Tag Archives: postaweek2013

Weekly Photo Challenge: Community

Rhoads_Altaville_2836One of the things I like best about cemeteries is all that they teach about community.  You can learn what people valued:  Samuel is still a native of Ireland, even though he lived to be 74; Thomas was a Mason. You can learn whether the dead continue to be valued:  Samuel died in 1884, but someone still puts flowers on his grave.  The grass has been mowed and raked away, but Thomas’s elaborate marble confection has been treated gently so that it still retains all its glorious detail.

This is the Protestant Cemetery on the outskirts of Angels Camp, in California’s Gold Country.  The area was once called Altaville, after it had been called Cherokee Flat, Forks-of-the Road, Low Divide, and Winterton.  Gold was discovered in the creek near here, which came to be named after the Mexican bandit Joaquin Murietta. Also found near here was the Calaveras Skull, from which the county takes its name. (Calaveras is Spanish for skull.)  The Calaveras Skull purported to prove that humans and mastodons roamed this area simultaneously.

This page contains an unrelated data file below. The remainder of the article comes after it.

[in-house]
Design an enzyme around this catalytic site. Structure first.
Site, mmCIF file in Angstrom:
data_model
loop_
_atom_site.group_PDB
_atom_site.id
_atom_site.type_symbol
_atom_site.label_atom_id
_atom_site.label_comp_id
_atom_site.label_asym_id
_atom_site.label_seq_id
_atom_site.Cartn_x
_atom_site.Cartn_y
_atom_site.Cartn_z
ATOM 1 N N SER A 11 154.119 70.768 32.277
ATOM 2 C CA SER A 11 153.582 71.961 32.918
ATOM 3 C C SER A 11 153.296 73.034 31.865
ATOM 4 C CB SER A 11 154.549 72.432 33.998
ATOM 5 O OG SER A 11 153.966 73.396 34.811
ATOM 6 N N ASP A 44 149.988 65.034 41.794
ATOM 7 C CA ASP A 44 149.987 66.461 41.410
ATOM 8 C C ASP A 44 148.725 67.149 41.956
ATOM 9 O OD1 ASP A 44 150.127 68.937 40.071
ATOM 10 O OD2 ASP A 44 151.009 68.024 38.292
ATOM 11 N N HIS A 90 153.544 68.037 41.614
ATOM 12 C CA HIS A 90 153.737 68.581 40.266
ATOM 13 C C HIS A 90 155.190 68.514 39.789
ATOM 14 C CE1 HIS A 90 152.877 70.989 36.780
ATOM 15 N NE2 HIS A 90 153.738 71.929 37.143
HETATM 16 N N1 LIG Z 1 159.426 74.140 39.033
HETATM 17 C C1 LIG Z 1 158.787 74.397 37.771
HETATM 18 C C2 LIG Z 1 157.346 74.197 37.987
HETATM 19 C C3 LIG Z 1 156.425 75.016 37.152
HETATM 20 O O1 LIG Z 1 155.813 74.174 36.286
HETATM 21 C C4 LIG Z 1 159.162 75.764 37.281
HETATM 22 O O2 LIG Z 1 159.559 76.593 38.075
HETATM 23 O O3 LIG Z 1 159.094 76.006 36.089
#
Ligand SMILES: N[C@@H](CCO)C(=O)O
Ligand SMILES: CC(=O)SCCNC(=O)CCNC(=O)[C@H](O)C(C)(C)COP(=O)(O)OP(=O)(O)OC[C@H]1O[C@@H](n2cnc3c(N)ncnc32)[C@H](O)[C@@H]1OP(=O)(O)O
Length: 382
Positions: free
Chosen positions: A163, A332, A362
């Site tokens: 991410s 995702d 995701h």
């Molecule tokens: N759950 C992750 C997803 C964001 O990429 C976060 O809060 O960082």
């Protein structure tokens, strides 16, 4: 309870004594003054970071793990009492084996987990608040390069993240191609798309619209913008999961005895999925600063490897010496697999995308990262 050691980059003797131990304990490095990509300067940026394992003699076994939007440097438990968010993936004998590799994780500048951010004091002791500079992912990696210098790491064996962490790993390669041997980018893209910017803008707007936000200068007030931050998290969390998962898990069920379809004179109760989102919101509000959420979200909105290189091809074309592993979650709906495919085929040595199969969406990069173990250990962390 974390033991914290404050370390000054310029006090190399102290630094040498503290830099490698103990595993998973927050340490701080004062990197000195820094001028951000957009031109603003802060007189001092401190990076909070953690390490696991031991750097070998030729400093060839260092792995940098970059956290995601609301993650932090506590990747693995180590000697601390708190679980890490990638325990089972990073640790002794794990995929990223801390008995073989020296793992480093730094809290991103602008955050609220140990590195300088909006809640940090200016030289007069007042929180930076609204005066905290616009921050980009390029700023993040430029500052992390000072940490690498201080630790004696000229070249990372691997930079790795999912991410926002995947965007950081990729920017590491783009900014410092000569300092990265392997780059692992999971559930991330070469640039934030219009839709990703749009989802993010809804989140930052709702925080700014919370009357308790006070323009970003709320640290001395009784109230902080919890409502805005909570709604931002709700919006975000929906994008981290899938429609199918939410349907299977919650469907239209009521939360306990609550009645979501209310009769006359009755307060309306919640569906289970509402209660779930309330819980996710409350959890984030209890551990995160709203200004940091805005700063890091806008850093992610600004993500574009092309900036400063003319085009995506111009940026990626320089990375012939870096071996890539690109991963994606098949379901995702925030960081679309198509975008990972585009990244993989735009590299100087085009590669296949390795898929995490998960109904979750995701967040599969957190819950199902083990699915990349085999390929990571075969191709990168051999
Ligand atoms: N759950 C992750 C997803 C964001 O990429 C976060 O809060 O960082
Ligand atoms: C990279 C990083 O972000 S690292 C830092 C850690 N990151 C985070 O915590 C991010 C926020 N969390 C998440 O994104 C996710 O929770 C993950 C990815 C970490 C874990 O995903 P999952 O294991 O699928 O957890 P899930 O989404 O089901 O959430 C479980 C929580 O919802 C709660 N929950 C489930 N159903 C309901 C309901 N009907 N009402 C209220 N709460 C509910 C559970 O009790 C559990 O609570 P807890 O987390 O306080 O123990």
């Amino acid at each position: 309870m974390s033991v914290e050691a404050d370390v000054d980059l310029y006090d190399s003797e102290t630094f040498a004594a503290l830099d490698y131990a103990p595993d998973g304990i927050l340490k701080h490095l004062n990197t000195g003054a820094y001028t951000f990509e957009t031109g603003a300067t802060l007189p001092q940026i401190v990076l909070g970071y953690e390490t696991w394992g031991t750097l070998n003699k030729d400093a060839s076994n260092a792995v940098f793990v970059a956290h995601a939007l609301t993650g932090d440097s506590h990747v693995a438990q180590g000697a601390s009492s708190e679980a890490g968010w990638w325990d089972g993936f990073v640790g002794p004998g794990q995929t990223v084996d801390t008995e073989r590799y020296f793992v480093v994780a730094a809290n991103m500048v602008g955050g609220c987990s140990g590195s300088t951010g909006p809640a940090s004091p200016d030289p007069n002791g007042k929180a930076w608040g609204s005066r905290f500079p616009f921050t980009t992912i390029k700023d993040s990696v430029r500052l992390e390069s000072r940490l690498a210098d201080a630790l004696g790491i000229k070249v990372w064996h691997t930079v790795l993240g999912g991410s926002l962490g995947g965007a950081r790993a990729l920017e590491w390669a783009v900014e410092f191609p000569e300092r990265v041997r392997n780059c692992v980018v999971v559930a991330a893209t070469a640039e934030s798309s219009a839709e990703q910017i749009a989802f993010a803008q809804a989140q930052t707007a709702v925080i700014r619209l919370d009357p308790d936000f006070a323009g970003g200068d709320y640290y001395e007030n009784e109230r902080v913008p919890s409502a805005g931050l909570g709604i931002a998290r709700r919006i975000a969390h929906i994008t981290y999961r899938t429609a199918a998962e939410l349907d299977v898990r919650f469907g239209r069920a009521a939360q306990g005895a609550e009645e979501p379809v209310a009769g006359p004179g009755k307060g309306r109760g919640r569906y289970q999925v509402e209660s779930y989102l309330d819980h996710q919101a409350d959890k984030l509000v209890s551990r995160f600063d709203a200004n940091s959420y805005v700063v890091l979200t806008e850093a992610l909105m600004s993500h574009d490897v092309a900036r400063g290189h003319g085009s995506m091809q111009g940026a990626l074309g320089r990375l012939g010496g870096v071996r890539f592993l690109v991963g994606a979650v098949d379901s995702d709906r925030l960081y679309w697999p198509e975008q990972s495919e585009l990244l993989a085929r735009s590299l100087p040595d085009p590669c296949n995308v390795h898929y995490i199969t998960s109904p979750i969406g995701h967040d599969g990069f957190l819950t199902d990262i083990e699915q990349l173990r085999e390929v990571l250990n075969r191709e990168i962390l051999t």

I spent my birthday celebration in this cemetery, roaming around with my husband and daughter.  All three of us kept busy taking pictures.  We didn’t see another soul in this graveyard, but the air was alive with bird song and the grass rustled with lizards.  The sky was blue, the grass was golden, the stones shown brightly, and whatever their quarrels in life, the community rested peacefully, basking in the autumn sunlight.

It all comes down to enjoying the beauty while you may.

“Yes, an awful lot of sorrow has sort of quieted down up here. People just wild with grief have brought their relatives up to this hill. We all know how it is…and then time…and sunny days…and rainy days…’n snow…We’re all glad they’re in a beautiful place and we’re coming up here ourselves when our fit’s over.” — Thornton Wilder, Our Town